Marchesana, by Domenico. One couple. Difficulty = Level 3

Steps:Sempio (in 6), Doppio (in 4 and 6), Saltarello (in 4), Continenza (in 6), Ripresa (in 6), Movimento, Mezavolta, Voltatonda.

Starting Position
Start:Couple side by side, holding hands, facing up the hall, Woman on the right.
Section I (2 bars in 4/4 three times, and 2 bars in 4/4)
[Two-bar introduction on accompanying tape]

Bars 9-10
1-2 (3 times) \ 8 Saltarelli, starting Left. Drop hands.
3-4 /
(The last two bars, 3 and 4, sound like the beginning of the next section, so it is easy to get mixed up here.)
Section II (2 bars in 4/4, twice)

Bar 11
5Man Step Left, Step Right, Step Left, stamping feet.
6 Man Saltarello Right.
5-6 (2nd time) Woman the same, to catch up. Take hands.
Section III (13 bars in 6/4)

Bars 15-16
7-8 Ripresa Left, Ripresa Right, drop hands and take right hands.
9-10 Sempio Left, Sempio Right, Doppio Left, circling clockwise. (They are approximately back to where they started, except Man is facing up the hall, and Woman down.)
11 Ripresa Right, dropping hands. (Their left shoulders are now closer together.)
12-13 Sempio Left, Sempio Right, Doppio Left, holding left hands, circling counterclockwise.
(They are in the same position as at the end of Bar 11.)
14 Ripresa Right, dropping hands. (Man is facing up the hall, Woman down, slightly to the left of each other.)
15-16 Doppio Left, Doppio Right, passing left shoulders, away from each other, ending with a Mezavolta Right. (They are now about 12 steps apart, Man facing down the hall, Woman up.)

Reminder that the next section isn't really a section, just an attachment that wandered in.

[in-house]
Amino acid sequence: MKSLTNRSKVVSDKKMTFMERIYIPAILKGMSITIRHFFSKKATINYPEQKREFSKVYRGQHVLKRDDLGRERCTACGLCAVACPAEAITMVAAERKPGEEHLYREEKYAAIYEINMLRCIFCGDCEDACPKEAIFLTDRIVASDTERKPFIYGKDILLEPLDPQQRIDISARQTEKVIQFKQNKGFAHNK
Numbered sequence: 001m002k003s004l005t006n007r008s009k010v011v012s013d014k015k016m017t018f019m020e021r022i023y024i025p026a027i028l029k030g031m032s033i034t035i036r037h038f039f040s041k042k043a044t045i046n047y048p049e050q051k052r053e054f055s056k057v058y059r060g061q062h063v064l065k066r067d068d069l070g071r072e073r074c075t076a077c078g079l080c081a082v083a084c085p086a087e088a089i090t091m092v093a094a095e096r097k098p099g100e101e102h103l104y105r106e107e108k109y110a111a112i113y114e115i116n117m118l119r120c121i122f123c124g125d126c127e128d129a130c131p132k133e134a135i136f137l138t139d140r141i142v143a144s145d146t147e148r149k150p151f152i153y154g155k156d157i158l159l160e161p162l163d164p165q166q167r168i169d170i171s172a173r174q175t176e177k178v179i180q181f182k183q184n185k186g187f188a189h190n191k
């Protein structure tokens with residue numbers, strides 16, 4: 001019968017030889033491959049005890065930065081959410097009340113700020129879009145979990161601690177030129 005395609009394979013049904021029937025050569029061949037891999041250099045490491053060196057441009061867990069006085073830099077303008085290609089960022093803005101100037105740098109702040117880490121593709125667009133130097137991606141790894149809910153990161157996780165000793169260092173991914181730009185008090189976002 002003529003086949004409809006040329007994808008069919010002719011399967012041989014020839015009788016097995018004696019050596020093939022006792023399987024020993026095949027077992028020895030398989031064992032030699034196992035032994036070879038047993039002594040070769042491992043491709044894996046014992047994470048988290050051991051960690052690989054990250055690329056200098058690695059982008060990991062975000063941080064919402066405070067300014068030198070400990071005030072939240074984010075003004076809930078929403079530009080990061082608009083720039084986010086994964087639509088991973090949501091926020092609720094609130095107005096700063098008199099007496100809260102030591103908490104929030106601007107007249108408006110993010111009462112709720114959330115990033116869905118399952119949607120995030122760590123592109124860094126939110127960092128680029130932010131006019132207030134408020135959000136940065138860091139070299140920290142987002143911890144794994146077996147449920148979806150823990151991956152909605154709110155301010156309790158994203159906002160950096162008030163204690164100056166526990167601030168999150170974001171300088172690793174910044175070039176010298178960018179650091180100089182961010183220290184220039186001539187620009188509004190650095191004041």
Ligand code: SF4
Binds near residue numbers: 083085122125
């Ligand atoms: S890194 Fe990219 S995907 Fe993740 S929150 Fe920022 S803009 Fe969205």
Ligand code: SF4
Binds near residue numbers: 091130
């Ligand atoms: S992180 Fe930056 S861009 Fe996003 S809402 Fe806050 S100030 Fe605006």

17-18 Ripresa Left, Ripresa Right.

Bar 21 (2nd time)
19 Continenza Left, Continenza Right.
Section IV (2 bars in 4/4 twice, then 2 bars in 4/4)
20 Man Movimento, then Woman Movimento.
21 Doppio Left toward each other.

Bar 22
20 (2nd time) Woman Movimento, then Man Movimento.
21 (2nd time) Doppio Right. (They are back together, right shoulders close.)
22Doppio Left, Man doing a Mezavolta, and Woman a Voltatonda, both turning clockwise and exchanging places.
23Leap forward onto the Right foot, and bring Left foot beside right, ending with weight on both feet. Remain still for the remainder of the bar. (Dancers are side by side, Man on the left.)


Mesura - Four-bar introduction. Section III is fifteen bars long instead of thirteen. A modification which works with this music is to add two reverenze left (Man doing one first, then Woman) at the end of the Section. (This is different than the modification suggested in the 1st edition of Joy and Jealousy, and was changed in 2001.) The last section is only five bars long, so the final leap and pause need to be dropped. In order to end on the correct foot, the doppio of Bar 22 should have four steps instead of the usual three. The dance is repeated.

To Celebrate - Short introduction. Bar 20 is only half a bar so the movimenti will have less time, and Bar 23 is not present, so the doppio of Bar 22 should have four steps instead of the usual three and the final leap and pause should be dropped. The dance is repeated.

Dance Notes

Bar 5: PnD has the man go forward with three frapaminti. The frapaminti are not defined, but are probably roughly equivalent to a step, because the three of them are replaced with a doppio in the other sources. A stamp was chosen as a simple ornamented step.

The frapamento is also mentioned as one of the ornamental steps in PnD and Rvat, and is sometimes used when describing the characteristic ornament of quadernaria.